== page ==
Equifax Data Breach: What are the cons of a credit freeze?

Equifax data breach
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As consumers learn more about the the Equifax data breach, they have more questions about their potential exposure to identity fraud.

The Atlanta-based credit reporting agency recently announced that as many as 143 million people may be at risk after “criminals” exploited a website vulnerability and accessed files earlier this year. Equifax, one of three main cogs in the U.S. lending industry, waited six weeks to tell the public, leading to outrage and calls for class-action lawsuits.

Money expert Clark Howard says the No. 1 way to protect yourself from identity fraud is by freezing your credit. This will prevent anyone from opening a new line of credit in your name.

But what are the cons of freezing your credit?

Does freezing your credit have any drawbacks?

One of the main drawbacks to freezing your credit is that it paralyzes your ability to obtain new credit. If you’re in the market for a new vehicle, home or even trying to get another credit card, the credit bureaus will stop the inquiring company from assessing your credit because of the freeze. This may throw a serious wrench in your ability to buy big-ticket items that you need to finance and could delay major life events like buying a home or car.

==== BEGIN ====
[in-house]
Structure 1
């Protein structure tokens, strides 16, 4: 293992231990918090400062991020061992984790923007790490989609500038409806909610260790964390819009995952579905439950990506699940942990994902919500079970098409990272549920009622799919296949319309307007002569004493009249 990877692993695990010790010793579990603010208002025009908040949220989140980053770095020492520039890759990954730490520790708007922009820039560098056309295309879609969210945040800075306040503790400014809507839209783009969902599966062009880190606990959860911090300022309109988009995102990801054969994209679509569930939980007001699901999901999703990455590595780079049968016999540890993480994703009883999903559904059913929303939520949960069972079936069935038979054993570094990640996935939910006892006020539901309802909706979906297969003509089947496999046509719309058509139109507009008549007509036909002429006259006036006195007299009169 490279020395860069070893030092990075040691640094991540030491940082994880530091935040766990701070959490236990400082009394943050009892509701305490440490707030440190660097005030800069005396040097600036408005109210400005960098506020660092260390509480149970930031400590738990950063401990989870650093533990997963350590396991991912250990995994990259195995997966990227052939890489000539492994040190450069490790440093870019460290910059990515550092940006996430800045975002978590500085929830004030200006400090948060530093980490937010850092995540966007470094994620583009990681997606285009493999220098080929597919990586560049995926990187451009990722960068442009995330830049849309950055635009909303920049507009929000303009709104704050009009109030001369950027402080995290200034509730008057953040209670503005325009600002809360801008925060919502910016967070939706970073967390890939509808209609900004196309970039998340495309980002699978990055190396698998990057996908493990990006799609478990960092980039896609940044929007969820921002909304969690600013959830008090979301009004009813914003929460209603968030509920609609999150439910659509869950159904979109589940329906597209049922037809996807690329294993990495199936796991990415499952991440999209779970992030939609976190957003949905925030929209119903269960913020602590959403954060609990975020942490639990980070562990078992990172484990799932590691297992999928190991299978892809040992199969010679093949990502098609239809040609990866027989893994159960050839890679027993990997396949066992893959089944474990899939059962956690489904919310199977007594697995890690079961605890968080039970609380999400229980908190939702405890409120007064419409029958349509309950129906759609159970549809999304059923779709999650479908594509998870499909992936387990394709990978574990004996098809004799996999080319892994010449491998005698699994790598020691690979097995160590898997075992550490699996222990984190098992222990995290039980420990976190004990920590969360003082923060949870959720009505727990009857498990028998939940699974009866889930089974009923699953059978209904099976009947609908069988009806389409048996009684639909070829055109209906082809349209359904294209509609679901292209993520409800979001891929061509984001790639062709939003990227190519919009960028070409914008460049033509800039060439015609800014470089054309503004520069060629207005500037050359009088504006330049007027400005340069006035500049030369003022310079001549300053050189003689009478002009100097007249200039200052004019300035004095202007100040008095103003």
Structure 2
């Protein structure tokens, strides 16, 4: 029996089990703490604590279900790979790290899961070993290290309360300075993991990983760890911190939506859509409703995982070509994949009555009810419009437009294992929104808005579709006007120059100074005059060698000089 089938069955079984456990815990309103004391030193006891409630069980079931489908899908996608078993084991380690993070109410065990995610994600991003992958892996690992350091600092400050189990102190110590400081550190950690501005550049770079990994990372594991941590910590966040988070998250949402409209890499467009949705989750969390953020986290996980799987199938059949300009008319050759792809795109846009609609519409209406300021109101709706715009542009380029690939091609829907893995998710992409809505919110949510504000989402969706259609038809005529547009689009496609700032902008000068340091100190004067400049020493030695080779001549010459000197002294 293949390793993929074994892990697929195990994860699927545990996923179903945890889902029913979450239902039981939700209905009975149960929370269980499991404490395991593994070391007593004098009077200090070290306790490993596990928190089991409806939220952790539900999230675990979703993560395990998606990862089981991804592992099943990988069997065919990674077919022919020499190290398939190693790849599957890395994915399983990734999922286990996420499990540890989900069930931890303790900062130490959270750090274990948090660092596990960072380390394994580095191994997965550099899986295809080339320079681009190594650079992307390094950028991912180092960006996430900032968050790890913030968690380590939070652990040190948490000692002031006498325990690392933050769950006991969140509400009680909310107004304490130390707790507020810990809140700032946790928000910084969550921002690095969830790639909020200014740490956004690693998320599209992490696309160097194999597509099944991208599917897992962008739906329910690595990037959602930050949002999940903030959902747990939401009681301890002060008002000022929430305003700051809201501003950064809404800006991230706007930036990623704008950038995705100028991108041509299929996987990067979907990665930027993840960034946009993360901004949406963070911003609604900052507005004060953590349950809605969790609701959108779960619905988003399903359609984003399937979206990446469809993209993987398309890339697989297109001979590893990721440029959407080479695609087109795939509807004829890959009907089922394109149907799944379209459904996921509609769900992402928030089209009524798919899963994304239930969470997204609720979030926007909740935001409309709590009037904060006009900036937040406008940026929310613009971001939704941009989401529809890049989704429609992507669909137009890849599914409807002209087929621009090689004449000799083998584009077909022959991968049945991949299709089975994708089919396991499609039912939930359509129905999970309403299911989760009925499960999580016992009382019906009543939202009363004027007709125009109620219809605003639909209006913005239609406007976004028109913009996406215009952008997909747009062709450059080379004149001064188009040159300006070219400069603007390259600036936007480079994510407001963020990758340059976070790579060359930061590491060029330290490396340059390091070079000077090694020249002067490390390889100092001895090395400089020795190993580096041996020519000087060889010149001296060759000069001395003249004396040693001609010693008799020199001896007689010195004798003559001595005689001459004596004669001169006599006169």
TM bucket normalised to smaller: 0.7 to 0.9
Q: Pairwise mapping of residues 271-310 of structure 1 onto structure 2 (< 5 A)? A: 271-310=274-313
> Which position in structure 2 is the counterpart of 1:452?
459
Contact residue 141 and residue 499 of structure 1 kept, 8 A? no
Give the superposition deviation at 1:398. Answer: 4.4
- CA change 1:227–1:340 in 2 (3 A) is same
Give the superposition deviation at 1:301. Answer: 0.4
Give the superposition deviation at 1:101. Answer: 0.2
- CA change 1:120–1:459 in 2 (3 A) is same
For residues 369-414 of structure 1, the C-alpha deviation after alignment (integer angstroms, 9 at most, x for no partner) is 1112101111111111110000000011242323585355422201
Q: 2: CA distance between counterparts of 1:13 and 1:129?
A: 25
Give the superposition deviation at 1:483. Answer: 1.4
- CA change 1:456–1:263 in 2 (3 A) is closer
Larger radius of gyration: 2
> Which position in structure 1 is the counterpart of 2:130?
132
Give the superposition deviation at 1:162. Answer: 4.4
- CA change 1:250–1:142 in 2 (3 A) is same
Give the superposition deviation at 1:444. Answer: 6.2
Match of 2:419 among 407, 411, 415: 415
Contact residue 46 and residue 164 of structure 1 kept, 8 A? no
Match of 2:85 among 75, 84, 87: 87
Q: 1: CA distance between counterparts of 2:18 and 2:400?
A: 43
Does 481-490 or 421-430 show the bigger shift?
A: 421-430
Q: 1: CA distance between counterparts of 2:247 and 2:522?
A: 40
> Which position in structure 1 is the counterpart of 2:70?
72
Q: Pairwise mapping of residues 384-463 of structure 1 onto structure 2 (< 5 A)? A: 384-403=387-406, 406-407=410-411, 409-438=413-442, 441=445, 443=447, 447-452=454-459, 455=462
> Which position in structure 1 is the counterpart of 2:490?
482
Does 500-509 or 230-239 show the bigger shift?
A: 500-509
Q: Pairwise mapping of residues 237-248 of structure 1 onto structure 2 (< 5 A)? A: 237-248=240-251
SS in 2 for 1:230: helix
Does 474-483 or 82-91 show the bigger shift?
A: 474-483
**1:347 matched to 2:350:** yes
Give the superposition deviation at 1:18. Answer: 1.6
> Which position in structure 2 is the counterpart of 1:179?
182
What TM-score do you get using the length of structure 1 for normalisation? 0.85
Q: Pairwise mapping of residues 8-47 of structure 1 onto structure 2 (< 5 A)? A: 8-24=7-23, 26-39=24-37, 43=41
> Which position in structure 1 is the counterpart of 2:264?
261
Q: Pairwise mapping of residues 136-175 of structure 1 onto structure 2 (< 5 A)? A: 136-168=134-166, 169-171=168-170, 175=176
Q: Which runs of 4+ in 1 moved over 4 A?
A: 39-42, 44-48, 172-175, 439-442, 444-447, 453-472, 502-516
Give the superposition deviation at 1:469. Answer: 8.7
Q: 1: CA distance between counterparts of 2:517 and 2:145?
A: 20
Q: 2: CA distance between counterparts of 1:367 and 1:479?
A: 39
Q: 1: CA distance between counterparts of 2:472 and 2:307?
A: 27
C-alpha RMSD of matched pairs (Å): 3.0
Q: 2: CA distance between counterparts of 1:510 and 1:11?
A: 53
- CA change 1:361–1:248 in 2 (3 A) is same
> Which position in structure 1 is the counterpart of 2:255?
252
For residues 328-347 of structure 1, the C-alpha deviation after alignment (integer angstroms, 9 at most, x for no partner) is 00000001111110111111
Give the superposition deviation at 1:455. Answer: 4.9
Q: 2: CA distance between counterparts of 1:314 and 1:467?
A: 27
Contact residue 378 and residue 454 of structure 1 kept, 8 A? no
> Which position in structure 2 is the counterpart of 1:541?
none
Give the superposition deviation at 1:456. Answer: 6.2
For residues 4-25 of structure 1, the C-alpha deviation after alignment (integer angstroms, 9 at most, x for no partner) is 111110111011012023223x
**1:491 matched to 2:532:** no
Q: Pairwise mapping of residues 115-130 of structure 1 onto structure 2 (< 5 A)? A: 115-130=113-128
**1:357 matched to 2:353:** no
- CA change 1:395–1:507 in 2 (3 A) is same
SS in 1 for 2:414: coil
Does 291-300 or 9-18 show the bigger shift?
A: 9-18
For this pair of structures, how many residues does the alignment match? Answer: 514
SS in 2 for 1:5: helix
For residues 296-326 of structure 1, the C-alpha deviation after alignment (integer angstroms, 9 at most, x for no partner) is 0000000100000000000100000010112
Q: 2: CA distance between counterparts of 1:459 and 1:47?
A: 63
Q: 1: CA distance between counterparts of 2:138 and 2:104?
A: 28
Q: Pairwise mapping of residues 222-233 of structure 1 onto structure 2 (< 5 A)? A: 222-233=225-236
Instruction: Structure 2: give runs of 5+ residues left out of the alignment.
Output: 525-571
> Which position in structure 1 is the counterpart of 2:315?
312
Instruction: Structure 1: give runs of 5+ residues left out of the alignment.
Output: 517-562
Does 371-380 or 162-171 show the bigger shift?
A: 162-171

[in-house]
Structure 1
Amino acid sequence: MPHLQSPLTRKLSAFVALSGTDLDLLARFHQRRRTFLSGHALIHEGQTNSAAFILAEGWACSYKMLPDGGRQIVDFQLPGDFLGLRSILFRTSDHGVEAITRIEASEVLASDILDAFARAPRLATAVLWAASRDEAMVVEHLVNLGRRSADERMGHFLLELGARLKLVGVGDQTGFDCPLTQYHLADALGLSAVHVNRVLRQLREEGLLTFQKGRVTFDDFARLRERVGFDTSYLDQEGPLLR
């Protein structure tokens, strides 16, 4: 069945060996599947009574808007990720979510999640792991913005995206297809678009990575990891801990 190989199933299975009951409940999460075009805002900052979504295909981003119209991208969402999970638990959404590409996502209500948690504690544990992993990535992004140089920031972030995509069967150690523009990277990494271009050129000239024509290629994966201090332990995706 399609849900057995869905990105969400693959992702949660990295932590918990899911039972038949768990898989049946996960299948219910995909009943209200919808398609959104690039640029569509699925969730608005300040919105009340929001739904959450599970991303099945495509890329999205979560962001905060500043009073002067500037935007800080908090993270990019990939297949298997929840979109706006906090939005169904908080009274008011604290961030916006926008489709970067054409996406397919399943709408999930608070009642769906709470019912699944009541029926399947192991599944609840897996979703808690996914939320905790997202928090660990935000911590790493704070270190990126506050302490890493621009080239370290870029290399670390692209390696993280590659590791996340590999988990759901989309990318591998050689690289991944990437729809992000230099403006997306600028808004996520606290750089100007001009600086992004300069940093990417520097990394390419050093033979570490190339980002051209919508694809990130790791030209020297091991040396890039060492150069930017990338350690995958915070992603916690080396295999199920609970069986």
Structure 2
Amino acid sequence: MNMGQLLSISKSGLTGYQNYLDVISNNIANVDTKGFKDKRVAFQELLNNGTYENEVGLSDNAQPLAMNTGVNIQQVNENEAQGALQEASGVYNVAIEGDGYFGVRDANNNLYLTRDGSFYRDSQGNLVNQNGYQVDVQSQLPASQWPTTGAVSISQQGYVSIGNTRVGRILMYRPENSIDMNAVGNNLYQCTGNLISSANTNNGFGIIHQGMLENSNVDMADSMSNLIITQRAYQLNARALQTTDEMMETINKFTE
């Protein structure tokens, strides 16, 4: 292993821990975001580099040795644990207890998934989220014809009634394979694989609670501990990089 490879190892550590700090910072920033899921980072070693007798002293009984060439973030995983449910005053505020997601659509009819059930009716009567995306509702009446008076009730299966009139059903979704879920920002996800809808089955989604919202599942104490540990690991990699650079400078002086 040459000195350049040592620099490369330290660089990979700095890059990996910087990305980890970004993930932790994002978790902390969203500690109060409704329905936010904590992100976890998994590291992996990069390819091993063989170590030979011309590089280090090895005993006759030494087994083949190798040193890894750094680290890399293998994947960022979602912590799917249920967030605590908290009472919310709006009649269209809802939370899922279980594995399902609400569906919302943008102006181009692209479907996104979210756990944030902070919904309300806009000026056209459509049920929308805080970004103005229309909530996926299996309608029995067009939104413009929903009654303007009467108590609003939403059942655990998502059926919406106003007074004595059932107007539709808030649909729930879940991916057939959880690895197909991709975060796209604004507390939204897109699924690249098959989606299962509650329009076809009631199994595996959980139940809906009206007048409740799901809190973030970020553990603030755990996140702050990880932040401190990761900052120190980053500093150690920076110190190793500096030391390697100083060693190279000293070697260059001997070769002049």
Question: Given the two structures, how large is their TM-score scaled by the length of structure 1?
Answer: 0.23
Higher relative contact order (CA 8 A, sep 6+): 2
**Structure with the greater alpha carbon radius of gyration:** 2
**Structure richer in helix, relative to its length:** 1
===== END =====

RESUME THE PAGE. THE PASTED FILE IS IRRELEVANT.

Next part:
The only way to get around this is to thaw — unfreeze — your credit, which leaves you temporarily exposed, albeit maybe with a new car or home. Before applying for more credit, it’s a good idea to reach out to the lender and ask them when the best time to thaw your credit would be.

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If you have specific questions about the Equifax breach and how it may impact you, contact Clark’s Consumer Action Center — a FREE help line open Monday-Friday from 10 a.m. – 7 p.m. EST with volunteers available to answer YOUR concerns! Call Team Clark @ 404-892-8227.

Craig Johnson is a conscious money-saver who stills read paperback books and listens to vinyl. He likes to write about how technology is making things easier and more affordable — but also sometimes more dangerous — for the modern consumer.
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